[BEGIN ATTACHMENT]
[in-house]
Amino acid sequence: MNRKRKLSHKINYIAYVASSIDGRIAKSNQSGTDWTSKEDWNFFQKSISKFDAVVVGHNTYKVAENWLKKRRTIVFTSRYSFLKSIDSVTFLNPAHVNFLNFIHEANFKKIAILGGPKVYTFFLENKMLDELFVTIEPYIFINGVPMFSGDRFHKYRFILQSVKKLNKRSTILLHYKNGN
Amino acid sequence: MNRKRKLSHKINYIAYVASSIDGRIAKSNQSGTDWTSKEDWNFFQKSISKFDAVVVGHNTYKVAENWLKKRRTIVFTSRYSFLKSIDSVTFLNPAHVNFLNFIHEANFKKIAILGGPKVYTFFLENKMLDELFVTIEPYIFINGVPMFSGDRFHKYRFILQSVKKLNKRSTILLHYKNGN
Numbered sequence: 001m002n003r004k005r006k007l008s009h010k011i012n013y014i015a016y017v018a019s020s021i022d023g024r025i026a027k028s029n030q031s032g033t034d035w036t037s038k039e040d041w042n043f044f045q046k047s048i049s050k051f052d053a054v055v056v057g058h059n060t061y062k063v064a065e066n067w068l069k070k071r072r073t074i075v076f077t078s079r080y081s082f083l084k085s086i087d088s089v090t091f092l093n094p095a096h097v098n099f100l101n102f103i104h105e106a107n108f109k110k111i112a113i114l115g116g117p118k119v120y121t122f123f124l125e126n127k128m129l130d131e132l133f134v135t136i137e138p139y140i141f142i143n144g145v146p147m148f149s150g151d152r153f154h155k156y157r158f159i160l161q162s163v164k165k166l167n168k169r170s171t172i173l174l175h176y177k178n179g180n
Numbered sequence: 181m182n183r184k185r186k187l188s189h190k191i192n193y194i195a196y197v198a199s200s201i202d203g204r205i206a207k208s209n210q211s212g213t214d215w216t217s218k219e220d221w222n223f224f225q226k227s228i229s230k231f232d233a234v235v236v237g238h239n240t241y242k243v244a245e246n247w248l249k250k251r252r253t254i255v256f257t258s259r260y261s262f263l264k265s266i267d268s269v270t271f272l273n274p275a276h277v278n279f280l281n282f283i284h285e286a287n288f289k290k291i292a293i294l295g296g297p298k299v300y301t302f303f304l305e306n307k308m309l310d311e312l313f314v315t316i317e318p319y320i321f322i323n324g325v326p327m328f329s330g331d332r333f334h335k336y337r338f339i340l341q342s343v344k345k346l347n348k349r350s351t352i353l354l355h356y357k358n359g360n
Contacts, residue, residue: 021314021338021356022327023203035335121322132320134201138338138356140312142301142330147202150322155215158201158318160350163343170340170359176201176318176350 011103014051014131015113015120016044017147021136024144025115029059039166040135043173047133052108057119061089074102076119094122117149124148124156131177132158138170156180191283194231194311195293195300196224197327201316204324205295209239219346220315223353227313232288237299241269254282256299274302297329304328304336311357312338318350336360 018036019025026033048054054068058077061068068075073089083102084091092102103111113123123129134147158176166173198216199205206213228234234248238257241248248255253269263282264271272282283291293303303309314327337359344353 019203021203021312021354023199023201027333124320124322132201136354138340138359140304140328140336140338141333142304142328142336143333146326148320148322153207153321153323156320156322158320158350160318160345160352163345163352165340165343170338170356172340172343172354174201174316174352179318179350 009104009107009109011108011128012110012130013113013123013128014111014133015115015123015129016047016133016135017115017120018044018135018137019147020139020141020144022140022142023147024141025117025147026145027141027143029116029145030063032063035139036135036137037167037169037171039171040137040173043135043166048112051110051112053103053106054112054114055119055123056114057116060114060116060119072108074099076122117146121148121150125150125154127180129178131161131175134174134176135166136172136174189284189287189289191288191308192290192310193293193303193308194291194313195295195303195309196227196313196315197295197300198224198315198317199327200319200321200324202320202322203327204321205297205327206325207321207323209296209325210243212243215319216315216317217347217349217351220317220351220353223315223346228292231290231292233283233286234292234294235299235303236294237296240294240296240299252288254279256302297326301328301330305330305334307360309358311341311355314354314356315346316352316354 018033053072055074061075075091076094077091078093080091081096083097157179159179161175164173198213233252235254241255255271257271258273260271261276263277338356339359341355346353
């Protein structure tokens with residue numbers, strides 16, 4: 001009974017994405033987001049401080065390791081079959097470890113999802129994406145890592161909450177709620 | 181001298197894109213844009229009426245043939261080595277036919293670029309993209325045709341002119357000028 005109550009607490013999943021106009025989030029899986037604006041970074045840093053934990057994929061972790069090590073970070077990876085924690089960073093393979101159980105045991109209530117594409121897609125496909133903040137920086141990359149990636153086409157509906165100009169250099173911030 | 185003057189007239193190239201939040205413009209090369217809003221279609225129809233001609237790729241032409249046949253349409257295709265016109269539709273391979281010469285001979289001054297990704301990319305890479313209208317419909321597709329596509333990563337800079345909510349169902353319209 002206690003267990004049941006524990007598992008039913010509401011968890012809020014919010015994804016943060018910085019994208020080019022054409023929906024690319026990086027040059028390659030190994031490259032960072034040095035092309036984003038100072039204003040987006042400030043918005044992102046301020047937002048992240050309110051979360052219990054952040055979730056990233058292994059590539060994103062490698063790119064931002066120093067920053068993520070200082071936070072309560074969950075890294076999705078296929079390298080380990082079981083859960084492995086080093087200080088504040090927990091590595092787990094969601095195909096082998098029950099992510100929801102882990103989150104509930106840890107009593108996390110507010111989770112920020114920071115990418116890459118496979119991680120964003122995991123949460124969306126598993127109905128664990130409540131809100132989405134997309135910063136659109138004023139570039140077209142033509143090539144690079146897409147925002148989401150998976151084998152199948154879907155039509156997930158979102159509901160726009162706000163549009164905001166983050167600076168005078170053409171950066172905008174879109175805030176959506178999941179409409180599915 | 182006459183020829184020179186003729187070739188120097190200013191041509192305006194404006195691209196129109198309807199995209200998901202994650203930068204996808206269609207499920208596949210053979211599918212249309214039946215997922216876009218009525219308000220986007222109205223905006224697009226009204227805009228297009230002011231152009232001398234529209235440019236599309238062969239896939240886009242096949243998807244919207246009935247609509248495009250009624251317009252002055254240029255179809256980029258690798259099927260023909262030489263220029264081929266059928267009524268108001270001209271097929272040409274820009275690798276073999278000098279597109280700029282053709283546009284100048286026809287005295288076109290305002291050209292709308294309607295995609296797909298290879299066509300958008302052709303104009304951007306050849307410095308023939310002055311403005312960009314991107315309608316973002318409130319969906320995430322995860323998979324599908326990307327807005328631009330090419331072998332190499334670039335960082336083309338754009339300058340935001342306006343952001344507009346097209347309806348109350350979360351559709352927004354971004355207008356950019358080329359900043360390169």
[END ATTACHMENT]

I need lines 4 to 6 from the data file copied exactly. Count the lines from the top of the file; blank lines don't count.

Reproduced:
Numbered sequence: 001m002n003r004k005r006k007l008s009h010k011i012n013y014i015a016y017v018a019s020s021i022d023g024r025i026a027k028s029n030q031s032g033t034d035w036t037s038k039e040d041w042n043f044f045q046k047s048i049s050k051f052d053a054v055v056v057g058h059n060t061y062k063v064a065e066n067w068l069k070k071r072r073t074i075v076f077t078s079r080y081s082f083l084k085s086i087d088s089v090t091f092l093n094p095a096h097v098n099f100l101n102f103i104h105e106a107n108f109k110k111i112a113i114l115g116g117p118k119v120y121t122f123f124l125e126n127k128m129l130d131e132l133f134v135t136i137e138p139y140i141f142i143n144g145v146p147m148f149s150g151d152r153f154h155k156y157r158f159i160l161q162s163v164k165k166l167n168k169r170s171t172i173l174l175h176y177k178n179g180n
Numbered sequence: 181m182n183r184k185r186k187l188s189h190k191i192n193y194i195a196y197v198a199s200s201i202d203g204r205i206a207k208s209n210q211s212g213t214d215w216t217s218k219e220d221w222n223f224f225q226k227s228i229s230k231f232d233a234v235v236v237g238h239n240t241y242k243v244a245e246n247w248l249k250k251r252r253t254i255v256f257t258s259r260y261s262f263l264k265s266i267d268s269v270t271f272l273n274p275a276h277v278n279f280l281n282f283i284h285e286a287n288f289k290k291i292a293i294l295g296g297p298k299v300y301t302f303f304l305e306n307k308m309l310d311e312l313f314v315t316i317e318p319y320i321f322i323n324g325v326p327m328f329s330g331d332r333f334h335k336y337r338f339i340l341q342s343v344k345k346l347n348k349r350s351t352i353l354l355h356y357k358n359g360n
Contacts, residue, residue: 021314021338021356022327023203035335121322132320134201138338138356140312142301142330147202150322155215158201158318160350163343170340170359176201176318176350 011103014051014131015113015120016044017147021136024144025115029059039166040135043173047133052108057119061089074102076119094122117149124148124156131177132158138170156180191283194231194311195293195300196224197327201316204324205295209239219346220315223353227313232288237299241269254282256299274302297329304328304336311357312338318350336360 018036019025026033048054054068058077061068068075073089083102084091092102103111113123123129134147158176166173198216199205206213228234234248238257241248248255253269263282264271272282283291293303303309314327337359344353 019203021203021312021354023199023201027333124320124322132201136354138340138359140304140328140336140338141333142304142328142336143333146326148320148322153207153321153323156320156322158320158350160318160345160352163345163352165340165343170338170356172340172343172354174201174316174352179318179350 009104009107009109011108011128012110012130013113013123013128014111014133015115015123015129016047016133016135017115017120018044018135018137019147020139020141020144022140022142023147024141025117025147026145027141027143029116029145030063032063035139036135036137037167037169037171039171040137040173043135043166048112051110051112053103053106054112054114055119055123056114057116060114060116060119072108074099076122117146121148121150125150125154127180129178131161131175134174134176135166136172136174189284189287189289191288191308192290192310193293193303193308194291194313195295195303195309196227196313196315197295197300198224198315198317199327200319200321200324202320202322203327204321205297205327206325207321207323209296209325210243212243215319216315216317217347217349217351220317220351220353223315223346228292231290231292233283233286234292234294235299235303236294237296240294240296240299252288254279256302297326301328301330305330305334307360309358311341311355314354314356315346316352316354 018033053072055074061075075091076094077091078093080091081096083097157179159179161175164173198213233252235254241255255271257271258273260271261276263277338356339359341355346353